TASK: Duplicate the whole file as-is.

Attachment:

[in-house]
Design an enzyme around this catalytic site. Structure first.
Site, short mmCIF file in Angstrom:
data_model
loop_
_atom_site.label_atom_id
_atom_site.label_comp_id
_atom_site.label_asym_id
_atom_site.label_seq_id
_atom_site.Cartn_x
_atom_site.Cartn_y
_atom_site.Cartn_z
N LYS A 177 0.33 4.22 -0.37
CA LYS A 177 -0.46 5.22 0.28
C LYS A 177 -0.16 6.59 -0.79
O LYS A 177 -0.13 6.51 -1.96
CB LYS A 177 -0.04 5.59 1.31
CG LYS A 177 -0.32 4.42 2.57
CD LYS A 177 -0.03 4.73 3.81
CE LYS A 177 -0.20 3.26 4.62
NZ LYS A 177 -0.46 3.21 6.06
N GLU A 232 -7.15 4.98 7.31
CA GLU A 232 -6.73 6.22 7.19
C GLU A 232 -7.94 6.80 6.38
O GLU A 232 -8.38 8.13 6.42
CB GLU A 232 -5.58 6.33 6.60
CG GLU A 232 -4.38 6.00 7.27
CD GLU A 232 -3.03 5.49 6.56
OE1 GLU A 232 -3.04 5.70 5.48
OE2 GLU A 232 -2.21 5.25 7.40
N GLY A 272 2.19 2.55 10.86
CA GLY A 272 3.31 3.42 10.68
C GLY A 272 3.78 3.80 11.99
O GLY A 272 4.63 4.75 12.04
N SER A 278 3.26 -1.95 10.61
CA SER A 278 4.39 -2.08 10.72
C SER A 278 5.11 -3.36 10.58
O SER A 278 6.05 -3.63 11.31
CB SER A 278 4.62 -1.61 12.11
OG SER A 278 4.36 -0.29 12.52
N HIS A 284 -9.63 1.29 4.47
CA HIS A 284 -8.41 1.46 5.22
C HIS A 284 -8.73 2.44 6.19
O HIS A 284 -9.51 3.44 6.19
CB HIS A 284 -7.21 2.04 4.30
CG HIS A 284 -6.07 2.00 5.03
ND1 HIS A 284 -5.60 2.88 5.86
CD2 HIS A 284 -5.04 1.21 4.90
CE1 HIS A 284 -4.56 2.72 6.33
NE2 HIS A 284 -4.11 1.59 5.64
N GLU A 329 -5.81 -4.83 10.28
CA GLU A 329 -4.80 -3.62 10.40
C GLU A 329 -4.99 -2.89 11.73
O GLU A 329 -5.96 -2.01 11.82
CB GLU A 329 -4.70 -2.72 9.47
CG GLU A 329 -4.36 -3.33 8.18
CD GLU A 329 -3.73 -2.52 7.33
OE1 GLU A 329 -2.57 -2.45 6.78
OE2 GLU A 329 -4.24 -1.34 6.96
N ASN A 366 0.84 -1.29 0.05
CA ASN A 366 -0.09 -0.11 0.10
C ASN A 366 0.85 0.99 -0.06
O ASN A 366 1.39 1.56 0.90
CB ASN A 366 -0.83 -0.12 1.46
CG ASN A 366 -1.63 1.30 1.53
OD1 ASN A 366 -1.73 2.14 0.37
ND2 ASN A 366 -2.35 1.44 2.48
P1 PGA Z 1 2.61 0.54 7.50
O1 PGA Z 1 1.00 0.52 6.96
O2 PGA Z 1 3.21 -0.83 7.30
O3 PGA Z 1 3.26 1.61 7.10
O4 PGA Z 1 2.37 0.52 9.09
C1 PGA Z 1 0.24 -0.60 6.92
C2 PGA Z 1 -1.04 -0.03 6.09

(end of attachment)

[in-house]
Design an enzyme around this catalytic site. Structure first.
Site, short mmCIF file in Angstrom:
data_model
loop_
_atom_site.label_atom_id
_atom_site.label_comp_id
_atom_site.label_asym_id
_atom_site.label_seq_id
_atom_site.Cartn_x
_atom_site.Cartn_y
_atom_site.Cartn_z
N LYS A 177 0.33 4.22 -0.37
CA LYS A 177 -0.46 5.22 0.28
C LYS A 177 -0.16 6.59 -0.79
O LYS A 177 -0.13 6.51 -1.96
CB LYS A 177 -0.04 5.59 1.31
CG LYS A 177 -0.32 4.42 2.57
CD LYS A 177 -0.03 4.73 3.81
CE LYS A 177 -0.20 3.26 4.62
NZ LYS A 177 -0.46 3.21 6.06
N GLU A 232 -7.15 4.98 7.31
CA GLU A 232 -6.73 6.22 7.19
C GLU A 232 -7.94 6.80 6.38
O GLU A 232 -8.38 8.13 6.42
CB GLU A 232 -5.58 6.33 6.60
CG GLU A 232 -4.38 6.00 7.27
CD GLU A 232 -3.03 5.49 6.56
OE1 GLU A 232 -3.04 5.70 5.48
OE2 GLU A 232 -2.21 5.25 7.40
N GLY A 272 2.19 2.55 10.86
CA GLY A 272 3.31 3.42 10.68
C GLY A 272 3.78 3.80 11.99
O GLY A 272 4.63 4.75 12.04
N SER A 278 3.26 -1.95 10.61
CA SER A 278 4.39 -2.08 10.72
C SER A 278 5.11 -3.36 10.58
O SER A 278 6.05 -3.63 11.31
CB SER A 278 4.62 -1.61 12.11
OG SER A 278 4.36 -0.29 12.52
N HIS A 284 -9.63 1.29 4.47
CA HIS A 284 -8.41 1.46 5.22
C HIS A 284 -8.73 2.44 6.19
O HIS A 284 -9.51 3.44 6.19
CB HIS A 284 -7.21 2.04 4.30
CG HIS A 284 -6.07 2.00 5.03
ND1 HIS A 284 -5.60 2.88 5.86
CD2 HIS A 284 -5.04 1.21 4.90
CE1 HIS A 284 -4.56 2.72 6.33
NE2 HIS A 284 -4.11 1.59 5.64
N GLU A 329 -5.81 -4.83 10.28
CA GLU A 329 -4.80 -3.62 10.40
C GLU A 329 -4.99 -2.89 11.73
O GLU A 329 -5.96 -2.01 11.82
CB GLU A 329 -4.70 -2.72 9.47
CG GLU A 329 -4.36 -3.33 8.18
CD GLU A 329 -3.73 -2.52 7.33
OE1 GLU A 329 -2.57 -2.45 6.78
OE2 GLU A 329 -4.24 -1.34 6.96
N ASN A 366 0.84 -1.29 0.05
CA ASN A 366 -0.09 -0.11 0.10
C ASN A 366 0.85 0.99 -0.06
O ASN A 366 1.39 1.56 0.90
CB ASN A 366 -0.83 -0.12 1.46
CG ASN A 366 -1.63 1.30 1.53
OD1 ASN A 366 -1.73 2.14 0.37
ND2 ASN A 366 -2.35 1.44 2.48
P1 PGA Z 1 2.61 0.54 7.50
O1 PGA Z 1 1.00 0.52 6.96
O2 PGA Z 1 3.21 -0.83 7.30
O3 PGA Z 1 3.26 1.61 7.10
O4 PGA Z 1 2.37 0.52 9.09
C1 PGA Z 1 0.24 -0.60 6.92
C2 PGA Z 1 -1.04 -0.03 6.09